Foreign leaders were few and far between at Friday’s inauguration in Washington. Benjamin Netanyahu declined an invitation. Justin Trudeau’s office sent his regrets. That’s not unusual: Foreign governments typically send their ambassadors,= while the prime ministers and presidents stay home. But at least one head of state did make the trip.
I met up with Vit Jedlicka, president of the Free Republic of Liberland, and his delegation of about 20 people, just outside the Federal Center metro stop Friday morning. They were running a little late, after a successful pre-inauguration night out at an Americans for Tax Reform gala but were in good spirits, excited to be representing the world’s newest country (according to them anyway) at the swearing-in and enjoying their time in D.C. so far. “We got an Uber driver to accept Bitcoin yesterday,” the president told me with evident satisfaction.
Jedlicka, a 33-year-old libertarian politician and activist from the Czech Republic, planted (literally) the flag of Liberland on the banks of the Danube on April 13, 2015. At 2.7 square miles, it would be the third smallest country in the world after the Vatican and Monaco if it were recognized as a country. The territory is a disputed area between Serbia and Croatia, but—unusually for a territorial conflict—the issue is that neither country wants it. The land is under Croatian control, but the Croatian government wants to cede it in exchange for other parcels of land controlled by Serbia. Liberland claims this makes the territory, terra nullius, or unclaimed land, and therefore available for the creation of a new country, in this case, one for those who share Jedlicka’s libertarian beliefs: Taxes will be voluntary in Liberland, and public services provided through private enterprise or crowdfunding. According to Jedlicka, about 240 people, living throughout the world, are now officially citizens of Liberland, and more than 435,000 have expressed interest in citizenship online, including 12,500 from the United States.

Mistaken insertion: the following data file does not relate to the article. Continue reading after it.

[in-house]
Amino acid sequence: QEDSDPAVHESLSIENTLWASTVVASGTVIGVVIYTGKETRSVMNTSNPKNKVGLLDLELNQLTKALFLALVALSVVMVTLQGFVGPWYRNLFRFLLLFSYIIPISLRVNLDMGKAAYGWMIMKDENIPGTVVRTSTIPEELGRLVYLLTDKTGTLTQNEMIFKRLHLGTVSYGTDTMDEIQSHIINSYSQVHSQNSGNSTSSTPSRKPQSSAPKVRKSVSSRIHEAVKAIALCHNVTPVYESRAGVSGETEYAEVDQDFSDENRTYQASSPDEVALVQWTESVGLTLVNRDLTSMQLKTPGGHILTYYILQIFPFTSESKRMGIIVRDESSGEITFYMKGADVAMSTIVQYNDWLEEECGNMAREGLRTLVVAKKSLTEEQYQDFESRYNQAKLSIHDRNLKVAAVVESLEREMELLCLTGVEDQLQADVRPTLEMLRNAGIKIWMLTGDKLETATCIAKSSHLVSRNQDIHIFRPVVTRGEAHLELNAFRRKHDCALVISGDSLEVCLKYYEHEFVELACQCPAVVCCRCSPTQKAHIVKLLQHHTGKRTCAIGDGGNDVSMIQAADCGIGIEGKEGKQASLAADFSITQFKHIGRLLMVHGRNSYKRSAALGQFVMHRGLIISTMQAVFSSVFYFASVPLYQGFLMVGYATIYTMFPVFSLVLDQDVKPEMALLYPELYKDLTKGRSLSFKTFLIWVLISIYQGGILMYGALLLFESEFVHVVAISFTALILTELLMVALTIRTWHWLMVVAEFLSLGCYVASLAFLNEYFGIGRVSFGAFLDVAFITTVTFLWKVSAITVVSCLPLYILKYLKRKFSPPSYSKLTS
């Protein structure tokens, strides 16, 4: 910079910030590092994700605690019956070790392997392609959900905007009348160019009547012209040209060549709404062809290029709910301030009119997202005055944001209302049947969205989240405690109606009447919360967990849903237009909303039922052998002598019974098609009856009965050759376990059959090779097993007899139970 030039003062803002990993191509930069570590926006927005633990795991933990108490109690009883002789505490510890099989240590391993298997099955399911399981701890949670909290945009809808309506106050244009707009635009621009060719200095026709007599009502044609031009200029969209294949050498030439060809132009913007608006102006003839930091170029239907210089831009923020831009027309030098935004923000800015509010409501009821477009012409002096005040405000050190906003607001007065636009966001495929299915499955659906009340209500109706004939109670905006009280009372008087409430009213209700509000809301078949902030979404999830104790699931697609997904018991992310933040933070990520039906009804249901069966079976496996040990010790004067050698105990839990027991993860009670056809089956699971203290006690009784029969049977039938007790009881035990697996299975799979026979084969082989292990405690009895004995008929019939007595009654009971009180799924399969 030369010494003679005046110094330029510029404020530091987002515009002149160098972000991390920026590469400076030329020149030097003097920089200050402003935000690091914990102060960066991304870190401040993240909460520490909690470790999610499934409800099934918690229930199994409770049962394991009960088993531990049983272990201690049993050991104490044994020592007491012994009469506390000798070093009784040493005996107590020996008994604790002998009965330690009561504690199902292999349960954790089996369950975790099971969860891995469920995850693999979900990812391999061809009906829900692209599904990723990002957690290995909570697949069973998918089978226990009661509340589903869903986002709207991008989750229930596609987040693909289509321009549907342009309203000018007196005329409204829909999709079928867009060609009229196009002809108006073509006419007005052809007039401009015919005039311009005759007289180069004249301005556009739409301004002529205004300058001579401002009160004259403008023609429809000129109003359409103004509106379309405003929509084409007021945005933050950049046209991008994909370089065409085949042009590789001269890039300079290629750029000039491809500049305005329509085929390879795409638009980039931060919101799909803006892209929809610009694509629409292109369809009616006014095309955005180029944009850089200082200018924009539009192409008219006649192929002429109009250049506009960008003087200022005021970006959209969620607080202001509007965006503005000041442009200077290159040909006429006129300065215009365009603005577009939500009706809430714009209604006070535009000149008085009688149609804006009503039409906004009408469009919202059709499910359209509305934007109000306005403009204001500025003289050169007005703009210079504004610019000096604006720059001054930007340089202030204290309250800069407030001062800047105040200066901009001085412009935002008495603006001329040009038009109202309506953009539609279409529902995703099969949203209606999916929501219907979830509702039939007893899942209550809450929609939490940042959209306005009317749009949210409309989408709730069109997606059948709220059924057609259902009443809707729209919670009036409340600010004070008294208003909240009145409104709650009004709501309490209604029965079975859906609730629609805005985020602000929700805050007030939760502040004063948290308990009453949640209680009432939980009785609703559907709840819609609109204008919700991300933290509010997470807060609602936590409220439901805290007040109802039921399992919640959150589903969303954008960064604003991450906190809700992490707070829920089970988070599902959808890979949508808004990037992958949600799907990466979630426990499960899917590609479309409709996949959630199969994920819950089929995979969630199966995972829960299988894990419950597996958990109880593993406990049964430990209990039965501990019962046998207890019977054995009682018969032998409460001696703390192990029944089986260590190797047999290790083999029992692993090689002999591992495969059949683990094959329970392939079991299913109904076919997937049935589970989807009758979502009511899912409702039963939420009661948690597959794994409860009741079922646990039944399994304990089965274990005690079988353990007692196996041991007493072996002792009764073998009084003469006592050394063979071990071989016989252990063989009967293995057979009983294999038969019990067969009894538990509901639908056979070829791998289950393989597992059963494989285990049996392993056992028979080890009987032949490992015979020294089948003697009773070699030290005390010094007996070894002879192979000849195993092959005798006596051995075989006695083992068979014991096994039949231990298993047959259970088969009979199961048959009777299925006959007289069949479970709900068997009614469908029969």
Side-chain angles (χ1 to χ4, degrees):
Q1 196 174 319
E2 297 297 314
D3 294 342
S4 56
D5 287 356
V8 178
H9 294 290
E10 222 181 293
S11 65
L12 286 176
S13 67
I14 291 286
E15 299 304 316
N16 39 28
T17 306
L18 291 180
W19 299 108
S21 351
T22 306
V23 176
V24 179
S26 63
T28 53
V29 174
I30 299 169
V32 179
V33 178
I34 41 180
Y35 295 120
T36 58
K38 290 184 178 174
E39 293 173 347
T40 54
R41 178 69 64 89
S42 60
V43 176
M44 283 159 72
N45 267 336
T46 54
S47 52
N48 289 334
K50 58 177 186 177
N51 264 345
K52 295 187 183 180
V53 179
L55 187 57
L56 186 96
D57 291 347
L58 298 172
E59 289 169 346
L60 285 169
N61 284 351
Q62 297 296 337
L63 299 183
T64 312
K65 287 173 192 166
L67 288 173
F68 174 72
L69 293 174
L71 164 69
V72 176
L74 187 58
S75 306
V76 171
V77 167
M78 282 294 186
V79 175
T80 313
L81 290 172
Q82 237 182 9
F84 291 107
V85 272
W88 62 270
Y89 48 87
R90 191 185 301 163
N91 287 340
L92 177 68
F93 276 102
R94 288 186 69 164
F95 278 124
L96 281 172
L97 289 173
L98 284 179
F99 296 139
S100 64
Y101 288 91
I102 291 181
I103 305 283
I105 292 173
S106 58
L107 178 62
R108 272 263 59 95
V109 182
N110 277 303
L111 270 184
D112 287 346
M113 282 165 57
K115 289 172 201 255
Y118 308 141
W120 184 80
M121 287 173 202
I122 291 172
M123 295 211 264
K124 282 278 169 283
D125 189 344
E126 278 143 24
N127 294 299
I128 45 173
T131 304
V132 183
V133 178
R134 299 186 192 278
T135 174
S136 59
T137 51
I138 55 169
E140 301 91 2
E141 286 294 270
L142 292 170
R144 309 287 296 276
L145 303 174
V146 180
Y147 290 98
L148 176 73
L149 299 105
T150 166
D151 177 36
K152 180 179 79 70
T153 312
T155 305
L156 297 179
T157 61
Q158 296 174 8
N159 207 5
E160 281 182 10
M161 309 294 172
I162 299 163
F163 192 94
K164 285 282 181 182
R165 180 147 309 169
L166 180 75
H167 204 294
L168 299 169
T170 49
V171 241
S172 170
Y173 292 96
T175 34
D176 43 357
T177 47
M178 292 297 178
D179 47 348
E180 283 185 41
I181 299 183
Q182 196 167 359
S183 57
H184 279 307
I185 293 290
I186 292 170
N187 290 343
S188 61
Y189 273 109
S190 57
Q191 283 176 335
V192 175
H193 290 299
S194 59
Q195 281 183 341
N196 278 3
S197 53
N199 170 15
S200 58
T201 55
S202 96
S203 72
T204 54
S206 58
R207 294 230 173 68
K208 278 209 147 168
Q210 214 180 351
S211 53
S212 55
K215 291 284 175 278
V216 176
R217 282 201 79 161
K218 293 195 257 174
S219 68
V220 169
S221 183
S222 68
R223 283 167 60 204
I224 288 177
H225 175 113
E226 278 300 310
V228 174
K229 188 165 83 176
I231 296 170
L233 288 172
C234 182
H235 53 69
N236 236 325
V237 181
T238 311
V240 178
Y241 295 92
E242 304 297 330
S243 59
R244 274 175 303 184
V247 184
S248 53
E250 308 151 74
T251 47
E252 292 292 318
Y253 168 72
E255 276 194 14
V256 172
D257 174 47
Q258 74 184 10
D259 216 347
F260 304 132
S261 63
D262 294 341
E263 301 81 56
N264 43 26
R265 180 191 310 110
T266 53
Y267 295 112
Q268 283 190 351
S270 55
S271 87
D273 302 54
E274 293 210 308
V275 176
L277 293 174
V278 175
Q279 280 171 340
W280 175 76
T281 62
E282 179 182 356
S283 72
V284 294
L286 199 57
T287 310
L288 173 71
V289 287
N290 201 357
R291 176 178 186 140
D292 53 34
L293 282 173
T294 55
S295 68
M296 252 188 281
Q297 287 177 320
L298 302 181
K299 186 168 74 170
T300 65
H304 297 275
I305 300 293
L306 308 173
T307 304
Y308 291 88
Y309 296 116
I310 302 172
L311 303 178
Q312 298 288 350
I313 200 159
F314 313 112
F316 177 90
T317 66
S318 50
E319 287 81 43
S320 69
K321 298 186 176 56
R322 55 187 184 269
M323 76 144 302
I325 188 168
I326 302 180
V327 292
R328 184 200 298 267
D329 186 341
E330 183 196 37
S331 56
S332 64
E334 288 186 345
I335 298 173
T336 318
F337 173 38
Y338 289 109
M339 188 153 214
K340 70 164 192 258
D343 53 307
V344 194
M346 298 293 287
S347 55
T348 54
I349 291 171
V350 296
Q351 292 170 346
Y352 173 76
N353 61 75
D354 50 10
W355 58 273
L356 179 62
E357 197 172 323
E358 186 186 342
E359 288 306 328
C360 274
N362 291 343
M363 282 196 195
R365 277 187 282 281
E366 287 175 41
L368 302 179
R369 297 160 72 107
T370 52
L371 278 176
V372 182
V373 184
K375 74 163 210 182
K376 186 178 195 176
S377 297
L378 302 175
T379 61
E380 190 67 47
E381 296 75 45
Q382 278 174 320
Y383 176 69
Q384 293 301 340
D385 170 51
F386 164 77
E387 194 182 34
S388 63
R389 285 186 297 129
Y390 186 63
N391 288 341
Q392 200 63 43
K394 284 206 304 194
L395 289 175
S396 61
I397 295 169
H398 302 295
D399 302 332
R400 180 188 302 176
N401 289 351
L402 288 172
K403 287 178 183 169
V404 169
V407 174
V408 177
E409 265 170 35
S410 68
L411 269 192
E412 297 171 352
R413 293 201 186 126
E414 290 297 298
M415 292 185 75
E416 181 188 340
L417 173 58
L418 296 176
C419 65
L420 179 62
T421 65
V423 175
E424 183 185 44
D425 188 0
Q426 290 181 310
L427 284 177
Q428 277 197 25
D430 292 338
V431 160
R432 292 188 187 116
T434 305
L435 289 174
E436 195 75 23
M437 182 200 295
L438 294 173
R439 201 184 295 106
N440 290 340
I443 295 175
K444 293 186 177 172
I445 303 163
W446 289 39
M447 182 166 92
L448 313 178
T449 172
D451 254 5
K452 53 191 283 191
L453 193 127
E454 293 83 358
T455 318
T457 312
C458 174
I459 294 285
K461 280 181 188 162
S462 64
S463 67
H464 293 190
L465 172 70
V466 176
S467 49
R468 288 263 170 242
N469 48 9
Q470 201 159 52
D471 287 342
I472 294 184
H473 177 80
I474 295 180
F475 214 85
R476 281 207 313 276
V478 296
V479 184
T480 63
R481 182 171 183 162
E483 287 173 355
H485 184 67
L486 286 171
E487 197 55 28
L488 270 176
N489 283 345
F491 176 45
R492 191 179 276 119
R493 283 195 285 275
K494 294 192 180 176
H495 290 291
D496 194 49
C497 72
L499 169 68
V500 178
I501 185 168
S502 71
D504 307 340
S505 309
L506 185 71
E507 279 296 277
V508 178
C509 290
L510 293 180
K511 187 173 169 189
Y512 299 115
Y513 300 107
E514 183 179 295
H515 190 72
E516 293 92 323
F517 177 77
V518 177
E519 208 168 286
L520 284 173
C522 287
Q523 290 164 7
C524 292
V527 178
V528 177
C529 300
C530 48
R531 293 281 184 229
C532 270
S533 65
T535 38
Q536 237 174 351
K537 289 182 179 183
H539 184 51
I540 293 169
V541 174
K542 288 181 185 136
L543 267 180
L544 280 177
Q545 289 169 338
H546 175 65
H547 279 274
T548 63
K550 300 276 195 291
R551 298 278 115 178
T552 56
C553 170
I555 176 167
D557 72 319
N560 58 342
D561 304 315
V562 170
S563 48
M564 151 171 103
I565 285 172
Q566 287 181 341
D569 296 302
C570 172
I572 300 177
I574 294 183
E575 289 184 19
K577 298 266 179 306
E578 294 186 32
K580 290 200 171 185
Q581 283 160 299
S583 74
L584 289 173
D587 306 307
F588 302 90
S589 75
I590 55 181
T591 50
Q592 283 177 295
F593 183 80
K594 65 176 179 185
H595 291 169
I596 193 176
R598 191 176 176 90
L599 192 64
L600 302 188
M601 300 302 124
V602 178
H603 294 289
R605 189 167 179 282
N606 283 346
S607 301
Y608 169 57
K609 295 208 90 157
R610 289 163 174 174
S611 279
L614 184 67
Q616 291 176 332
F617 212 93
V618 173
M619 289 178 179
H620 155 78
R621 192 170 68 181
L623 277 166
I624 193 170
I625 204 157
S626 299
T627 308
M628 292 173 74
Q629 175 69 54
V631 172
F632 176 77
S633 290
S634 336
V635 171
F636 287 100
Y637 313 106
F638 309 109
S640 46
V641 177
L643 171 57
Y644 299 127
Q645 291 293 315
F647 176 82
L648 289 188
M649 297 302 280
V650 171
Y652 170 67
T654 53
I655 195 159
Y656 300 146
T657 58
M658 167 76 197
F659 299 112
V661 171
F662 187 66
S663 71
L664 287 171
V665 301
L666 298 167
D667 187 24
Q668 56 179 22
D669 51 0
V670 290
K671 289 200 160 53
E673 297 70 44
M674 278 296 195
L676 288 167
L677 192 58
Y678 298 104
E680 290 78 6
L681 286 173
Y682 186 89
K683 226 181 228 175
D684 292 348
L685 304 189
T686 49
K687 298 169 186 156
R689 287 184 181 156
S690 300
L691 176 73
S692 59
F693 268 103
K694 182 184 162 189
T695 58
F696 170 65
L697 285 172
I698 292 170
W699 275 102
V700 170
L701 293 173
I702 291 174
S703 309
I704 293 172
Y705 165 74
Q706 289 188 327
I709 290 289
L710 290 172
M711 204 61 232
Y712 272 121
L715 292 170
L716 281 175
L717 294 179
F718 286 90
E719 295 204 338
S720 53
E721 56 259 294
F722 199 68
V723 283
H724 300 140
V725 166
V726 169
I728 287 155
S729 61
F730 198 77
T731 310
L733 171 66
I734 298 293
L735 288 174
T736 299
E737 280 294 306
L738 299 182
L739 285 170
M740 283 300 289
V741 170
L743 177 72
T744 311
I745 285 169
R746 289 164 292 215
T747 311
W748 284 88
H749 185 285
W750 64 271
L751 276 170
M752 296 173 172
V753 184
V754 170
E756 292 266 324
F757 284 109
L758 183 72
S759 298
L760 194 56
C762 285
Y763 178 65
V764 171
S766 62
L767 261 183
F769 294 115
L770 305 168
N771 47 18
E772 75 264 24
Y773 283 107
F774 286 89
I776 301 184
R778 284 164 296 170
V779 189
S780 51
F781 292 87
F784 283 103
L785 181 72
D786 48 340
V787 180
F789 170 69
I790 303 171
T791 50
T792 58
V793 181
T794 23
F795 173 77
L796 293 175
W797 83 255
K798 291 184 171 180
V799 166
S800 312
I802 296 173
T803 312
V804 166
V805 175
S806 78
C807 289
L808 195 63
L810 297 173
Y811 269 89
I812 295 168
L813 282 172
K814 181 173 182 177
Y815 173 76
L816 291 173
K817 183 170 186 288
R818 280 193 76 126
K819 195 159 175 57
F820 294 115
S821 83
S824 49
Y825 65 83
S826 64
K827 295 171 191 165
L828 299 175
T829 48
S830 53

The only problem is that no one is currently able to live in Liberland. Croatia has prevented Liberlanders from crossing the land border into the territory or establishing permanent residences there. (Though Jedlicka notes with satisfaction that a member of Croatia’s Parliament came out in their defense this week.) The fact that nobody actually lives in Liberland yet, and no other governments have recognized it, hasn’t stopped Jedlicka, who lives in Prague, from promoting the project around the world, hence the visit to D.C.
Liberland supporters in the U.S. scrounged together the tickets for the delegation by asking members of Congress. “They didn’t necessarily know they were inviting us,” concedes Dave Molineaux, a Liberlander from Charlottesville, Virginia. Molineaux says he got involved in Jedlicka’s project after reading about it on libertarian news sites, deciding it was “something I can really get behind.” He’s optimistic that the U.S. will eventually recognize Liberland.
Also on hand was Liberland’s just appointed vice president, Bogie Wozniak, a mustachioed Chicago retiree, originally from Poland. An enthusiastic Trump supporter, Wozniak had helped coordinate the publication of a Polish translation of the president’s 2015 book Crippled America. (Polish title: Donald Trump: Prezydent Biznesmen). He didn’t see a contradiction between backing the America first president and the nation-building project in the Balkans. “First we make America great again. Then, Liberland.”
I asked Dave Vice, a Liberlander from Utah, if he thought Trump shared Liberland’s values. “He’ll get there sooner or later,” he said, suggesting that Trump was part of a global anti-establishment wave.
Jedlicka is relatively bullish on Trump too, he told me as we made our way through the security checkpoints onto the mall. “He’s an entrepreneur and we’re going to be entrepreneur-friendly,” he said. “I think he will understand how we strive to get rid of regulations. Maybe he will move the United States a little bit more toward Liberland.” He also said he hoped he could leverage the Trump family’s Czech connections to Liberland’s advantage. He said he was in communication with the offices of several elected officials in D.C. but declined to name any he might be meeting with.
Along with the crowd, we were funneled onto a knoll, southwest of the Capitol steps, with a partially obstructed view of the Jumbotron. “I thought we’d be a bit closer,” mumbled one member of the delegation. For much of the ceremony, Jedlicka struggled to get a strong enough cell signal to livestream a message to people at the opening of a new libertarian think tank in the Czech Republic, happening at the same time. The man in a suit and tie speaking Czech into his phone got a few quizzical looks from the MAGA crowd around us.
As Trump began railing against trade deals and the loss of American jobs overseas during his speech, Jedlicka winced a bit. “I’m not sure about this protectionism. That’s probably where we differ,” he said of his fellow head of state. And with that, as America’s 45th president receded into the Capitol, Liberland’s first finally got a strong enough signal to broadcast this milestone moment for both countries.